What are the moral issues Henry James discusses throughout The Portrait of a Lady?

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mlsldy3 | Elementary School Teacher | (Level 2) Educator

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How much can one person really own another person? This is a question people have asked for generations. Henry James writes about this in The Portrait of a Lady. This is a moral issue that all of us face as some point in our lives. In the novel, we are thrown into several moral issues.

When Isabel comes to England from America, she is a strong willed and independent woman. She makes it very clear from the beginning that she is determined to stay this way. She loves her freedom and is afraid of losing that to marriage. She turns down two marriage proposals for this reason. We see that Isabel is concerned that she will lose who she is, as a person. When she is left a great fortune, she finally accepts the proposal from Gilbert Osmond, not knowing that this will be what she feared the most.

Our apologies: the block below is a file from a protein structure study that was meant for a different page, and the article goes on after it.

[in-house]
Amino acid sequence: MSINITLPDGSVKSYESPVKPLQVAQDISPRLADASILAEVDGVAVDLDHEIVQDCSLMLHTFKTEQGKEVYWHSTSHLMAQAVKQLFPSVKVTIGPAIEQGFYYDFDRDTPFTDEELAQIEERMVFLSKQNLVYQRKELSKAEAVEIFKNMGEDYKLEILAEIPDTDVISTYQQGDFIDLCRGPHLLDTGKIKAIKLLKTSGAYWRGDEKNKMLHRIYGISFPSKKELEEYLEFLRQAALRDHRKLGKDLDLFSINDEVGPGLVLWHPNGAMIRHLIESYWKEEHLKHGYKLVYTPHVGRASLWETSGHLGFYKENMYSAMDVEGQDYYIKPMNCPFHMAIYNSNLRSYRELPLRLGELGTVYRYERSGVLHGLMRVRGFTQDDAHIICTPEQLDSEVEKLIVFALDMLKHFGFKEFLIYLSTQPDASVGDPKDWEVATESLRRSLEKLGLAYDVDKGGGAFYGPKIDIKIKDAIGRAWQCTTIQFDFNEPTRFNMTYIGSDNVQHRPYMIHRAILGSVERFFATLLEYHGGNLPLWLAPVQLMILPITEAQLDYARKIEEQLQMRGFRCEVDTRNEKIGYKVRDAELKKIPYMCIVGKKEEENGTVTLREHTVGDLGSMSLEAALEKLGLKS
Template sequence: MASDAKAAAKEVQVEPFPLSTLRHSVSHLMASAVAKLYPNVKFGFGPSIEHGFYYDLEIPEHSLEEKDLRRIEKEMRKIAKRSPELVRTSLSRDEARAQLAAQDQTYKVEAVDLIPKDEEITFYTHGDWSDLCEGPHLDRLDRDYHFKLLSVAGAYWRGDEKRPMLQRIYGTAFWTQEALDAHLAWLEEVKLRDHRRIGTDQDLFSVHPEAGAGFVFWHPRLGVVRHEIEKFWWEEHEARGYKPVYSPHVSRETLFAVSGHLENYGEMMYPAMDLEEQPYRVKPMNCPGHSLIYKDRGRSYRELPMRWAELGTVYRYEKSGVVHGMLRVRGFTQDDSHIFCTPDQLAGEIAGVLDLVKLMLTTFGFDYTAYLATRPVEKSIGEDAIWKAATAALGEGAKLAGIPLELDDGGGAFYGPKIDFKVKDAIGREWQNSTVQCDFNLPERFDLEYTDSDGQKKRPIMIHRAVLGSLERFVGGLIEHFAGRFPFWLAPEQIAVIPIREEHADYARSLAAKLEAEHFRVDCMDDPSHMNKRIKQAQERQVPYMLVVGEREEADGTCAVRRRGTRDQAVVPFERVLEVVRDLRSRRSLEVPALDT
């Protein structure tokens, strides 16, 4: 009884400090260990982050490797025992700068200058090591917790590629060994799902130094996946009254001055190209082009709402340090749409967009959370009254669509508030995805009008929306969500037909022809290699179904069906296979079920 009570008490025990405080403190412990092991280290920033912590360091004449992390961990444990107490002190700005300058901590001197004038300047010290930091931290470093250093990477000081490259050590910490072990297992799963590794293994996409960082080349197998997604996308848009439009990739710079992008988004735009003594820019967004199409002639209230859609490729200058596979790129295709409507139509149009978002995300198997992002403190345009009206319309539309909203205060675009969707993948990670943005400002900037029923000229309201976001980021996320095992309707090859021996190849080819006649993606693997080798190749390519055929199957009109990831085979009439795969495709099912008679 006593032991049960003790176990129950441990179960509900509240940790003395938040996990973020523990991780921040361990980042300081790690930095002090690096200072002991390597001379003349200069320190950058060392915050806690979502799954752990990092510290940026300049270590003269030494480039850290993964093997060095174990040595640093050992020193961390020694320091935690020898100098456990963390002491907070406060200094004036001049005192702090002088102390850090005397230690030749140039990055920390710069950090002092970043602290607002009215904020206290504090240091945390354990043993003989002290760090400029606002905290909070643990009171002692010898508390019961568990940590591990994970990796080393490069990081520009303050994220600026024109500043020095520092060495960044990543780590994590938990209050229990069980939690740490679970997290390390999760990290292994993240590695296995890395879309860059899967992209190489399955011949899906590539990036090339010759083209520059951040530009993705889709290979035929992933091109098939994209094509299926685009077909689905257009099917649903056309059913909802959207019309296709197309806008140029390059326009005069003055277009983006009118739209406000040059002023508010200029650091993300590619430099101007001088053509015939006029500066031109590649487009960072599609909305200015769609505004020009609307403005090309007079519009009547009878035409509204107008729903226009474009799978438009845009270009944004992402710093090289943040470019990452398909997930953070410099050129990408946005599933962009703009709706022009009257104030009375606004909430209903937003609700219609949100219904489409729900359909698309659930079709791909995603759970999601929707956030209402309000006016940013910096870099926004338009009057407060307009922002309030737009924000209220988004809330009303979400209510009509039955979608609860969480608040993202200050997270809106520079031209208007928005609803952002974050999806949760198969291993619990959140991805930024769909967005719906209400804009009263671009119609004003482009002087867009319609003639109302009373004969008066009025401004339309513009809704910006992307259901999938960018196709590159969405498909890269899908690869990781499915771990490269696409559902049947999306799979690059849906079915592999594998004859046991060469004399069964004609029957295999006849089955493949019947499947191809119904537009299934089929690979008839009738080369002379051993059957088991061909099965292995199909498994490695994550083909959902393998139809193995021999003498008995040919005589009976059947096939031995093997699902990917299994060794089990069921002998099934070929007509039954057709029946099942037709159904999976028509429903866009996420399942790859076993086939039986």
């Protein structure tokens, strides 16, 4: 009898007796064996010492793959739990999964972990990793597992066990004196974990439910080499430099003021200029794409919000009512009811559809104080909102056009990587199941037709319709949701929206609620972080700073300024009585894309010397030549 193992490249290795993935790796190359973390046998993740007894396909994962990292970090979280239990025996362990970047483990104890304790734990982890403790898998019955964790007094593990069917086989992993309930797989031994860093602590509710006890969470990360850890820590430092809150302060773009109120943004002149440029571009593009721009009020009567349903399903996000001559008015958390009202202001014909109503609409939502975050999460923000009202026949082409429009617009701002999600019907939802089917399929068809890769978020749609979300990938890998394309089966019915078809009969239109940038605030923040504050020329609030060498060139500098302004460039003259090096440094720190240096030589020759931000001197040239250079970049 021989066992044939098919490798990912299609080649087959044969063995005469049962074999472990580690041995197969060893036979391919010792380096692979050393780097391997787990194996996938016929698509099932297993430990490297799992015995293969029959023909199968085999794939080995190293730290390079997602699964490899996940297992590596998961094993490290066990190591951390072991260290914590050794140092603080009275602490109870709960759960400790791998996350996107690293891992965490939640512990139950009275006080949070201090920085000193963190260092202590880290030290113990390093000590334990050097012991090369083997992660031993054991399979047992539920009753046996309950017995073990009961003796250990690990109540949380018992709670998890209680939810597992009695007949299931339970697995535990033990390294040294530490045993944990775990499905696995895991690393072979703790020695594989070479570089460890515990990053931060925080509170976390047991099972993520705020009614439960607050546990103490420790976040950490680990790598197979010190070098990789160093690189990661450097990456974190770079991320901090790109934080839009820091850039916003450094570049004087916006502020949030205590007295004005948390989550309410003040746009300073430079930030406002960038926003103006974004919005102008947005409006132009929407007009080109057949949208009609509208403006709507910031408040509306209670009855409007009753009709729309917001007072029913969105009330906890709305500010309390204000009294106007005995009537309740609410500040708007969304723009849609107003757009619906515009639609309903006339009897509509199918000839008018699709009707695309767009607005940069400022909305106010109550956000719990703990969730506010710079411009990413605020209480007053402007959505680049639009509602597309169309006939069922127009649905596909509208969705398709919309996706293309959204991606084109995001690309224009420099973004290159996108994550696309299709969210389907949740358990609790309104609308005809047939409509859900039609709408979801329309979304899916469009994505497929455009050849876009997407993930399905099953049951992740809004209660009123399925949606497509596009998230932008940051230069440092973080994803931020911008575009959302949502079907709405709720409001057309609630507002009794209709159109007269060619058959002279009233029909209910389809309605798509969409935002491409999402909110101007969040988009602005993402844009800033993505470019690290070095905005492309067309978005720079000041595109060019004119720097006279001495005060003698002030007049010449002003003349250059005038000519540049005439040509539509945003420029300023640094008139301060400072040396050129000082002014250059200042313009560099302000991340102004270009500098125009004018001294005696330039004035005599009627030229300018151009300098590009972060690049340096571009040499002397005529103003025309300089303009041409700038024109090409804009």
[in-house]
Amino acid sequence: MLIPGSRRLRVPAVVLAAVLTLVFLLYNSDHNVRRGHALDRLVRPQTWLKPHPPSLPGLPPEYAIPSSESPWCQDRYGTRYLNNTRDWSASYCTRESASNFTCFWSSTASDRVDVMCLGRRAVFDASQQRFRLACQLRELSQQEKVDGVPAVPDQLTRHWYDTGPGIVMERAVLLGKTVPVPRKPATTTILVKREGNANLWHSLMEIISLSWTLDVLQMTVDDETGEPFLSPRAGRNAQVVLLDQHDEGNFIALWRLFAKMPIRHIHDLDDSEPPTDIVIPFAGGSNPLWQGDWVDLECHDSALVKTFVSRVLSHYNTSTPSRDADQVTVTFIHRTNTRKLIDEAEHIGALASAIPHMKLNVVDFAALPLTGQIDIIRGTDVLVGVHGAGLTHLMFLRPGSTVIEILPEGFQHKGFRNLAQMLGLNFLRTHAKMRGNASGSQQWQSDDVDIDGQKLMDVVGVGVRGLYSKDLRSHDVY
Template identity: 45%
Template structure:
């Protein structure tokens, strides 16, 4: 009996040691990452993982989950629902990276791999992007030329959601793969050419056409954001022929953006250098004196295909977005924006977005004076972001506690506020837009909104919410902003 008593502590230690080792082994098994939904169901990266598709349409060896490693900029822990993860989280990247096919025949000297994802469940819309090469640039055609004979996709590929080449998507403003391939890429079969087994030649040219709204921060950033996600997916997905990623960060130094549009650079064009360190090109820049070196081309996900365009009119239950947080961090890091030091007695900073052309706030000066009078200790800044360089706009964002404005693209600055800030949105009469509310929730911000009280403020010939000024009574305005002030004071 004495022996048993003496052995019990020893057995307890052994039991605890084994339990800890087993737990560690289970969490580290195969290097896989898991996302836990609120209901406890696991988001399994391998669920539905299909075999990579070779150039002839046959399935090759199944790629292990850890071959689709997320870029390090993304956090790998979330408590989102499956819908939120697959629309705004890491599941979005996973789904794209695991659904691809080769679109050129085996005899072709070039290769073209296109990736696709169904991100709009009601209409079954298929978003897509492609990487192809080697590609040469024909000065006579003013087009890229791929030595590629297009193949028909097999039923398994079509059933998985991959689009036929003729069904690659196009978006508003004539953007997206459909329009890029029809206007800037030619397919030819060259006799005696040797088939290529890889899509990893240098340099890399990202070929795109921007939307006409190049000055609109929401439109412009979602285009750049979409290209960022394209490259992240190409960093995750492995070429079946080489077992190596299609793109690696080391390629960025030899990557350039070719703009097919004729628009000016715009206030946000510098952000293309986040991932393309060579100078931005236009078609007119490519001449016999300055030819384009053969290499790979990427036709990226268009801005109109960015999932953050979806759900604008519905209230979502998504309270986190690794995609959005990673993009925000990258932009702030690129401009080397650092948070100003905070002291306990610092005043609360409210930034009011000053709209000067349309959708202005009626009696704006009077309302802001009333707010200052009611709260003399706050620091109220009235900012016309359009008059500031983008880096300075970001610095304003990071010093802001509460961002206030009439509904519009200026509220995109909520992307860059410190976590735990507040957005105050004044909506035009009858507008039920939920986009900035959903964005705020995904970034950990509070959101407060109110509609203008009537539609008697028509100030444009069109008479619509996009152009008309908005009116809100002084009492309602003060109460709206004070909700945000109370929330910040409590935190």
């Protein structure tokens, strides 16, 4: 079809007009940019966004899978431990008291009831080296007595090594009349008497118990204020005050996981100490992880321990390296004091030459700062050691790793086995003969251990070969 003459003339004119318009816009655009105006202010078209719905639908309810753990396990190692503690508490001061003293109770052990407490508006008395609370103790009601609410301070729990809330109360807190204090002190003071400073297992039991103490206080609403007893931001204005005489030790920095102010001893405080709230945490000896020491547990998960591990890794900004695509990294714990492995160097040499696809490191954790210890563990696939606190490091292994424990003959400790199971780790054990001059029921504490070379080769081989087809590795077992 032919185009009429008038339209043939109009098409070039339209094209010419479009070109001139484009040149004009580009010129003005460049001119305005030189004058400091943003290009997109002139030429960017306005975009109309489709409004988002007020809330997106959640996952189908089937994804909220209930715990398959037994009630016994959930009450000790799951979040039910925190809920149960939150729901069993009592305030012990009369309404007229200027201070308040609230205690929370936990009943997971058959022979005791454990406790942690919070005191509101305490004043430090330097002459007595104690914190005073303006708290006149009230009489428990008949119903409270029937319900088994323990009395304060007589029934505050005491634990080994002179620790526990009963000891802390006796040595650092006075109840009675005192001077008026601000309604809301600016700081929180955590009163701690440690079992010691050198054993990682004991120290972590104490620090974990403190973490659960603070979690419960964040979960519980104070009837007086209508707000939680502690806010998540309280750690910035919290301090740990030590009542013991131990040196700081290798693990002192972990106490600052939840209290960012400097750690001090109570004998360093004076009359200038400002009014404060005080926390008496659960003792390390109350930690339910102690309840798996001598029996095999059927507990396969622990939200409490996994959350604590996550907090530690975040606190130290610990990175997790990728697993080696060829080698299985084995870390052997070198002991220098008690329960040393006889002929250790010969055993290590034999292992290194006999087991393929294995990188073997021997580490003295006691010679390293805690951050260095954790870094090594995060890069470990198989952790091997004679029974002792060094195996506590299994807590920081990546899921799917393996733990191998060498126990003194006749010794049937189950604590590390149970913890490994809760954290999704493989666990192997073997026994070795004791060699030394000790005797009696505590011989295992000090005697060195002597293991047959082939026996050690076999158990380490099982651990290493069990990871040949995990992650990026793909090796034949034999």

Greed, freedom, free will, faith and independence are all moral issues within the novel. When Isabel goes to see Ralph, he notices right away that something is not right. 

"The free, keen girl had become quite another person; what he saw was the fine lady who was supposed to represent something. What did Isabel represent? Ralph asked himself; and he could only answer by saying that she represented Gilbert Osmond."

This one quote tells us that Isabel had lost the freedom she so loved. She was now what she thought she had to be, not who she truly was. Henry James leaves us hanging at the end of the novel. Did Isabel stay with a husband who was cruel and didn't love her, or did she regain her freedom? The moral issues determine how the book should end.

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